Respondents were asked if they currently used a private or local authority provided home help, home care worker, or meals on wheels, or were currently visited by a health professional, social worker, care manager or helper from a voluntary organisation. As can be seen from Table 1, about a fifth of respondents were currently using one or more of these services (18% of men and 23% of women) and 6% of respondents were currently attending a lunch club or day centre. As would be expected, those who were reliant on help (whether paid or unpaid) were more likely to use these services than those not reliant on help. So, nearly half our respondents who were reliant on help, were using services, compared with 12% using services who were not so reliant. Similarly twice as many (10%) of those reliant on help visited a lunch club and/or a day centre, as did those not so reliant on help (5%).
We examined the relationship between the respondents who reported that they had been mistreated in the previous year, and their use of these services and lunch clubs. We found that, overall, those who used any services (as defined above) were twice as likely to have experienced mistreatment as those who did not (4.5% compared with 2.2%). This pattern, however, was only seen for women (6.2% mistreated who used services against 3.1% who did not) and not for men. Likewise, there were differences according to the type of mistreatment being reported by women. Women using services were four times more likely to have reported neglect than those who were not using services (3.6% against 0.9%). Similarly women using services were much more likely to have reported financial abuse – 1.9% of those reporting financial abuse were using services, compared with 0.4% of those who were not using services. This does not necessarily imply that most of the neglect and financial abuse were ‘service-related’. From the data we have on the perpetrators of mistreatment, we found that mistreatment was predominantly by partners and other family members, and only 13% of perpetrators were professionals or practitioners. .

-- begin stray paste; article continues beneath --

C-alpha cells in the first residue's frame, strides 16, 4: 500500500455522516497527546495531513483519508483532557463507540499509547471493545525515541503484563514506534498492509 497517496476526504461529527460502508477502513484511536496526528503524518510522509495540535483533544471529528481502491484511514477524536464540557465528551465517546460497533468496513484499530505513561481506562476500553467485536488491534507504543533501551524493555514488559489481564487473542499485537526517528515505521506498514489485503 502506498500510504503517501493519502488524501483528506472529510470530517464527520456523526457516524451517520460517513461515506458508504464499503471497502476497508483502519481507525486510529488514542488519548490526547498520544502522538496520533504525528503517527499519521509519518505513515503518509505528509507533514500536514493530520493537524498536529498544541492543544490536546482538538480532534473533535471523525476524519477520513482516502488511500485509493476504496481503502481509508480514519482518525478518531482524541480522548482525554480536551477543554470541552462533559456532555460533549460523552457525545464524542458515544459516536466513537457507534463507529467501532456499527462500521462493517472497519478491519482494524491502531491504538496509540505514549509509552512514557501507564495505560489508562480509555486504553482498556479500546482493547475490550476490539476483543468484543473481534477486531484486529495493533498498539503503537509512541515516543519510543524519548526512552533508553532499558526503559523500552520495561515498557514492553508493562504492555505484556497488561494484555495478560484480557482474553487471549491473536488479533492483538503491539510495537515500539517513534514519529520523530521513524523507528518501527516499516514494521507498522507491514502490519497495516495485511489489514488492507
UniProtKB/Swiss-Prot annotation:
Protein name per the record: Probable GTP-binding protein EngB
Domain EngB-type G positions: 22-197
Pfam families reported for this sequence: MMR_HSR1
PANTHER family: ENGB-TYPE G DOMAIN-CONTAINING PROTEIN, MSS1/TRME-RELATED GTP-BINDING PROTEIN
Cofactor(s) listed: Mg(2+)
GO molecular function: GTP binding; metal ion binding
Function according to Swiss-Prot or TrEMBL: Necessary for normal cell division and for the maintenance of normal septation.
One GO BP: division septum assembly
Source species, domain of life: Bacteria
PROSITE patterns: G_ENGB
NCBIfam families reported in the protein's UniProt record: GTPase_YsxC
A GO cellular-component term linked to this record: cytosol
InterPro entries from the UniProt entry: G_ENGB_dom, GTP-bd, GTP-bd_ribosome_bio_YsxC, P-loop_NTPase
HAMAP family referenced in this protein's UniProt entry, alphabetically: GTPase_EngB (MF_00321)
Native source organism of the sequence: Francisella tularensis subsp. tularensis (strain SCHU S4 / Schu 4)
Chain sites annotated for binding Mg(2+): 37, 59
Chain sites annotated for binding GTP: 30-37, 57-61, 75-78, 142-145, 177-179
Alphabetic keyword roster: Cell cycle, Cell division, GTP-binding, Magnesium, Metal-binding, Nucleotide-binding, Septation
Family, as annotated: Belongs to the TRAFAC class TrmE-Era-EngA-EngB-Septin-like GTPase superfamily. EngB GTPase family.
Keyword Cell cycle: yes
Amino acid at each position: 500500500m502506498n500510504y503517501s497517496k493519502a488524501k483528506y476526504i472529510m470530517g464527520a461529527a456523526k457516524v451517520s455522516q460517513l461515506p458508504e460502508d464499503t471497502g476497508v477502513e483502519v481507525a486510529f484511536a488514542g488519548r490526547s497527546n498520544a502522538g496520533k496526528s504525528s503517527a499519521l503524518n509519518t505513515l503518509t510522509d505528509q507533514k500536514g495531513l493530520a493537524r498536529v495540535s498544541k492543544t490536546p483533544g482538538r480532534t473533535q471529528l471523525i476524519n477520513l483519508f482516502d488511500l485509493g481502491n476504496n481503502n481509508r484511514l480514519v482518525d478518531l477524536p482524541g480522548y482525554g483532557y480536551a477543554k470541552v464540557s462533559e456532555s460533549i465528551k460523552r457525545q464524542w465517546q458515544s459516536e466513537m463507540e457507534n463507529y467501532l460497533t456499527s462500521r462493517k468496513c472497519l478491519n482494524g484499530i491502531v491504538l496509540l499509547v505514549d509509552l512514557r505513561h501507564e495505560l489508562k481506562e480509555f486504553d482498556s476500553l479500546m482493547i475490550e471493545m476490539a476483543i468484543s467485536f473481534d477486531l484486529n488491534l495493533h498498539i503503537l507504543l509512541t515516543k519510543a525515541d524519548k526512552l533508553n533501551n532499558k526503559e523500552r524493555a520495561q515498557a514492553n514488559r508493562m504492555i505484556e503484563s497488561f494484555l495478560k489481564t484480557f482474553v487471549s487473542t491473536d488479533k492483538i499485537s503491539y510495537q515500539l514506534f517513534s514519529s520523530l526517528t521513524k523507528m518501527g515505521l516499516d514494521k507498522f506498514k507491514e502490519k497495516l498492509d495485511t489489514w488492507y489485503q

From this arise a number of questions for practice: are practitioners, and, if so, which, aware of this ‘mistreatment’? Are they addressing it? Are they involving colleagues in their own or in other agencies, including Adult Protection? And if not, why not? Is it because they do not see Adult Protection as relevant? Or perhaps they do not label what they see as mistreatment, but as something else? Or perhaps it is because the service user will not consent to information sharing?